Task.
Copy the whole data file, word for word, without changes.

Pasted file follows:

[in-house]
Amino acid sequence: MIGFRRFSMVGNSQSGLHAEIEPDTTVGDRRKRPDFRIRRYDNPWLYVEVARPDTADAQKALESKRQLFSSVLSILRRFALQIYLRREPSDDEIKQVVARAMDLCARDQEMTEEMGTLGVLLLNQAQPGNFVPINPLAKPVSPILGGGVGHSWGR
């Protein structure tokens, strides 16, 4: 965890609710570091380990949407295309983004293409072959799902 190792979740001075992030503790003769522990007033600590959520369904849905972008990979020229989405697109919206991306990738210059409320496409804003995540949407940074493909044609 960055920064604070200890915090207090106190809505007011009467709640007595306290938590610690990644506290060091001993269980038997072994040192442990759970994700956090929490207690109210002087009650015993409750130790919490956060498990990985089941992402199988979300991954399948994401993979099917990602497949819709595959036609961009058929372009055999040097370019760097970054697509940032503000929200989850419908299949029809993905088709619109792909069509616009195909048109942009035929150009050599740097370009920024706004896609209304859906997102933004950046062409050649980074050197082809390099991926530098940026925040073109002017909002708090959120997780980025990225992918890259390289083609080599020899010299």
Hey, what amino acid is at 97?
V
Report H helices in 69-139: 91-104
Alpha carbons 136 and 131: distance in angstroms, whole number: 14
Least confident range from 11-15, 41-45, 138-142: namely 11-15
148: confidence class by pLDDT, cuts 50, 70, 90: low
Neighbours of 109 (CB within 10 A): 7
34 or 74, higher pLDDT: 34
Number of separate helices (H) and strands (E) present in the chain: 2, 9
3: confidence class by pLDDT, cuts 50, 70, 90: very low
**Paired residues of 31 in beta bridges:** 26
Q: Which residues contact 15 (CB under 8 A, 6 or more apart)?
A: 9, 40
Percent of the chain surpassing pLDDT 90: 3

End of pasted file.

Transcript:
[in-house]
Amino acid sequence: MIGFRRFSMVGNSQSGLHAEIEPDTTVGDRRKRPDFRIRRYDNPWLYVEVARPDTADAQKALESKRQLFSSVLSILRRFALQIYLRREPSDDEIKQVVARAMDLCARDQEMTEEMGTLGVLLLNQAQPGNFVPINPLAKPVSPILGGGVGHSWGR
């Protein structure tokens, strides 16, 4: 965890609710570091380990949407295309983004293409072959799902 190792979740001075992030503790003769522990007033600590959520369904849905972008990979020229989405697109919206991306990738210059409320496409804003995540949407940074493909044609 960055920064604070200890915090207090106190809505007011009467709640007595306290938590610690990644506290060091001993269980038997072994040192442990759970994700956090929490207690109210002087009650015993409750130790919490956060498990990985089941992402199988979300991954399948994401993979099917990602497949819709595959036609961009058929372009055999040097370019760097970054697509940032503000929200989850419908299949029809993905088709619109792909069509616009195909048109942009035929150009050599740097370009920024706004896609209304859906997102933004950046062409050649980074050197082809390099991926530098940026925040073109002017909002708090959120997780980025990225992918890259390289083609080599020899010299």
Hey, what amino acid is at 97?
V
Report H helices in 69-139: 91-104
Alpha carbons 136 and 131: distance in angstroms, whole number: 14
Least confident range from 11-15, 41-45, 138-142: namely 11-15
148: confidence class by pLDDT, cuts 50, 70, 90: low
Neighbours of 109 (CB within 10 A): 7
34 or 74, higher pLDDT: 34
Number of separate helices (H) and strands (E) present in the chain: 2, 9
3: confidence class by pLDDT, cuts 50, 70, 90: very low
**Paired residues of 31 in beta bridges:** 26
Q: Which residues contact 15 (CB under 8 A, 6 or more apart)?
A: 9, 40
Percent of the chain surpassing pLDDT 90: 3